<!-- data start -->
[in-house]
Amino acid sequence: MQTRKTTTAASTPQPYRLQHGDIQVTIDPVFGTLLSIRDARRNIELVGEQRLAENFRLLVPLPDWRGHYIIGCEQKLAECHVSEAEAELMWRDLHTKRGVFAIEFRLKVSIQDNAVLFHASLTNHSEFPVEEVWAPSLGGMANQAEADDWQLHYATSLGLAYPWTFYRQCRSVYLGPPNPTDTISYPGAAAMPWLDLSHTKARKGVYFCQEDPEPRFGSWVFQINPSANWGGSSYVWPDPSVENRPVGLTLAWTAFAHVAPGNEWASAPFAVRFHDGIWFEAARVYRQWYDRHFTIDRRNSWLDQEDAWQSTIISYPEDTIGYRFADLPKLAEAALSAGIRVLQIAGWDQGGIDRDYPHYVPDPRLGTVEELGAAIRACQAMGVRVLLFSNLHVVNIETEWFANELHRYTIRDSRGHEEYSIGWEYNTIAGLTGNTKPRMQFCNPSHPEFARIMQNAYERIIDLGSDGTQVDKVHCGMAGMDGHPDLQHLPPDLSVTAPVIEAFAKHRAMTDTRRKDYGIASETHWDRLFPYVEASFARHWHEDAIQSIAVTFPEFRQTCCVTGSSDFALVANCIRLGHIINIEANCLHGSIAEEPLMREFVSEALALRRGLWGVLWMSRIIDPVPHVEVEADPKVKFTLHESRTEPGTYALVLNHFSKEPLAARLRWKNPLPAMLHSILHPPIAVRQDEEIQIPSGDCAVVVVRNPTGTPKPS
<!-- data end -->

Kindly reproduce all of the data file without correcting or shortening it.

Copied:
[in-house]
Amino acid sequence: MQTRKTTTAASTPQPYRLQHGDIQVTIDPVFGTLLSIRDARRNIELVGEQRLAENFRLLVPLPDWRGHYIIGCEQKLAECHVSEAEAELMWRDLHTKRGVFAIEFRLKVSIQDNAVLFHASLTNHSEFPVEEVWAPSLGGMANQAEADDWQLHYATSLGLAYPWTFYRQCRSVYLGPPNPTDTISYPGAAAMPWLDLSHTKARKGVYFCQEDPEPRFGSWVFQINPSANWGGSSYVWPDPSVENRPVGLTLAWTAFAHVAPGNEWASAPFAVRFHDGIWFEAARVYRQWYDRHFTIDRRNSWLDQEDAWQSTIISYPEDTIGYRFADLPKLAEAALSAGIRVLQIAGWDQGGIDRDYPHYVPDPRLGTVEELGAAIRACQAMGVRVLLFSNLHVVNIETEWFANELHRYTIRDSRGHEEYSIGWEYNTIAGLTGNTKPRMQFCNPSHPEFARIMQNAYERIIDLGSDGTQVDKVHCGMAGMDGHPDLQHLPPDLSVTAPVIEAFAKHRAMTDTRRKDYGIASETHWDRLFPYVEASFARHWHEDAIQSIAVTFPEFRQTCCVTGSSDFALVANCIRLGHIINIEANCLHGSIAEEPLMREFVSEALALRRGLWGVLWMSRIIDPVPHVEVEADPKVKFTLHESRTEPGTYALVLNHFSKEPLAARLRWKNPLPAMLHSILHPPIAVRQDEEIQIPSGDCAVVVVRNPTGTPKPS